Mothra Visits Fakename

Don't worry, I am your friend

Just in case you thought there was nothing else going on in my life. 

Last night a creature flew into the room that I couldn’t identify, except it was gigantic.  Once I got over the shock, I thought it might be a bat.  Then I decided it was too big to be a bat, plus, its wings were flapping too slowly.  Its wings were flapping very fast, but not fast enough to be a bat.  Bat wings flap so fast they’re almost invisible. 

Then I thought, bird.  But no, its wings were flapping too fast to be a bird.  I finally realized it was a moth, but the largest moth I’ve ever seen in my life.  It may have been a Cecropia moth, which is the largest moth in North America and has a wingspan of 5-7 inches. 

In a perfect world, it would have been a bat.  Bats have sonar. 

Technically speaking, there is nothing to fear from a moth.  It can’t bite you or sting you.  But what it can do is fly around hysterically and run into you without regard to your personal space.  They have no senses to speak of. 

Finally, with the help of a glass of wine (a Valium would have been nice) and a broom, I was able to persuade it to fly off into the night from whence it came.  Whew! 

Then this morning, when I woke up before full daylight, she came back.  And as God is my witness (as Scarlett O’Hara would say), I swear this moth was following me.  No matter what room I escaped to, there she would be. 

Finally after about an hour, silence descended.  She had exhausted herself for sure batting against the walls, and her behavior was a bit abnormal anyway, I think, so it could have been that she was dying anyway.  It also could be that the cat got her.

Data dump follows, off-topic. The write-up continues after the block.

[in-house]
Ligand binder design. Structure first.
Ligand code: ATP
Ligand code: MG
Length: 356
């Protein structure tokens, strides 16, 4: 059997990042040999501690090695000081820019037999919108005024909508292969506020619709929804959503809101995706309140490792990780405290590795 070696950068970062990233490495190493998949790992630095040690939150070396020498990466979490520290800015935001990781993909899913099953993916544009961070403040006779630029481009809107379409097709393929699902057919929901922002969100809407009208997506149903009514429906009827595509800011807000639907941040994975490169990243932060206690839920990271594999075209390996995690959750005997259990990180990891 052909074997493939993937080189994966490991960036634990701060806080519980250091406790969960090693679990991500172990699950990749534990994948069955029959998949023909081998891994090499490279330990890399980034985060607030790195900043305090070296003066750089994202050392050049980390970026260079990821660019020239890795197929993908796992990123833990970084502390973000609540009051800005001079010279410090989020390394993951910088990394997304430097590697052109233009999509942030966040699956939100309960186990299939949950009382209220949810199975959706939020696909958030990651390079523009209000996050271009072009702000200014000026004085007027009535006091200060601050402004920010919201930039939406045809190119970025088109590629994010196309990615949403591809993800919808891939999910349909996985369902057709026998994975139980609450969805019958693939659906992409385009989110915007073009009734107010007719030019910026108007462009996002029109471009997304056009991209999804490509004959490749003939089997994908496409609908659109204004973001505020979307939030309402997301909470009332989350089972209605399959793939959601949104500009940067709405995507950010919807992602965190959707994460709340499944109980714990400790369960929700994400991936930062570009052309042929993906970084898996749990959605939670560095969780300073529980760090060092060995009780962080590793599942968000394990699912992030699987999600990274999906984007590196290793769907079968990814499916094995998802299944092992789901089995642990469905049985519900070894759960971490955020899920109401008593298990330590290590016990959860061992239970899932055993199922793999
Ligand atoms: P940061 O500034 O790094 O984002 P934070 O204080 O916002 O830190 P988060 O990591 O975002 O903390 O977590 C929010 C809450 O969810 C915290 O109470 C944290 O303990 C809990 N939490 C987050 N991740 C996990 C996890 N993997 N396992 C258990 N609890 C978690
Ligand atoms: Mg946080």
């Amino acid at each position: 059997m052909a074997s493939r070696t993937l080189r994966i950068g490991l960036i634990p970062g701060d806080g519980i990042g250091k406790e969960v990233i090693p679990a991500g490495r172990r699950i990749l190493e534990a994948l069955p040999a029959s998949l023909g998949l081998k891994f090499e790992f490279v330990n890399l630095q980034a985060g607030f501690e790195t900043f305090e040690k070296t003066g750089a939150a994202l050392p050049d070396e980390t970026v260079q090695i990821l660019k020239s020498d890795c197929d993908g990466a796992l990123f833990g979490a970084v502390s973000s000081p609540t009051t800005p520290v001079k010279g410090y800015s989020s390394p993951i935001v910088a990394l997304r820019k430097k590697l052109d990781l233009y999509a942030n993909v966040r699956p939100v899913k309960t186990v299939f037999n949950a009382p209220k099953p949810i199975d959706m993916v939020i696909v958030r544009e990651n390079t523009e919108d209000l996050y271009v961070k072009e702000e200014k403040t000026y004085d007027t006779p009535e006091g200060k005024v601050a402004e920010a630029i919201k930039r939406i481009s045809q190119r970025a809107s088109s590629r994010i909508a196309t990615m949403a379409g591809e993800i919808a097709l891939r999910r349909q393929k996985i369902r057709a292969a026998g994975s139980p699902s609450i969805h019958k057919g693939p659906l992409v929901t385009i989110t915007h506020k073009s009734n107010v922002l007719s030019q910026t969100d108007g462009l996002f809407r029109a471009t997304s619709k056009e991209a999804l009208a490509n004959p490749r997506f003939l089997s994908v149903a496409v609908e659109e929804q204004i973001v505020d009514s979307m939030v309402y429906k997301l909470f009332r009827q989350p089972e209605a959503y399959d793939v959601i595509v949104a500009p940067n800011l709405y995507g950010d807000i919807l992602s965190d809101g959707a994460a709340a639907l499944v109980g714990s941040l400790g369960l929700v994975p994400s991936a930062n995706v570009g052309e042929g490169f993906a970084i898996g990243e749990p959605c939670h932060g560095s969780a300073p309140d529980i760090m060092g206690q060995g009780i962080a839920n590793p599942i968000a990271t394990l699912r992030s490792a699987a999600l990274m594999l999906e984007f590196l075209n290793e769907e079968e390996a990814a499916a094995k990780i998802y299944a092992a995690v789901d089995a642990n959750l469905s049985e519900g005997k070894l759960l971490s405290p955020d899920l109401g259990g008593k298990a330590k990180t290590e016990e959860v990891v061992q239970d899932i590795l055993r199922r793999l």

But that’s how it goes here in Wild Kingdom.  Like they say in The Lion King, it’s the circle of life.  It’s dog-eat-dog, and cat-eat-moth.  What can you do?

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7 responses to “Mothra Visits Fakename

  1. Speaking of cats vs. wildlife, we thought we’d taught the local feral cat that our bird feeders/bird bath were not her hunting territory. But the lesson has worn off apparently. On the other hand, merely opening the window sent her off like the Furies were on her tail.

    It’s true I’m supplying an “attractive nuisance” but I’d still like the birds to survive the experience. The local hawk picks a tweety-bird off every now and then and for the same reason the cat likes this spot – there are a lot of distracted birds around.

    The hummingbirds will share their feeder with the weensy little wasps but not with the big hornets. So we use a pellet pistol on the hornets so the hummers can eat in peace.

  2. Now THAT is something I’d like to see–hitting a hornet with a pellet. I mean, they aren’t that big! Plus, hornets are on my “should be extinct” list. Mothra, by the way, was bigger than a hummingbird.

  3. Remember that my hummingbird feeder is attached to the window … At point-blank range, even teeny things aren’t that hard to hit. Ray wants to try just the blast of air, no pellet, but the hornets all object to the muzzle getting that close.

  4. Yes, I can see how that would add a new depth of meaning to the phrase “mad as a hornet”. And few things are less pleasant than mad hornets.

  5. Having done a little more research, I find that Mothra was about twice the size of a hummingbird.

  6. Here’s what happens when a reporter meets Mothra

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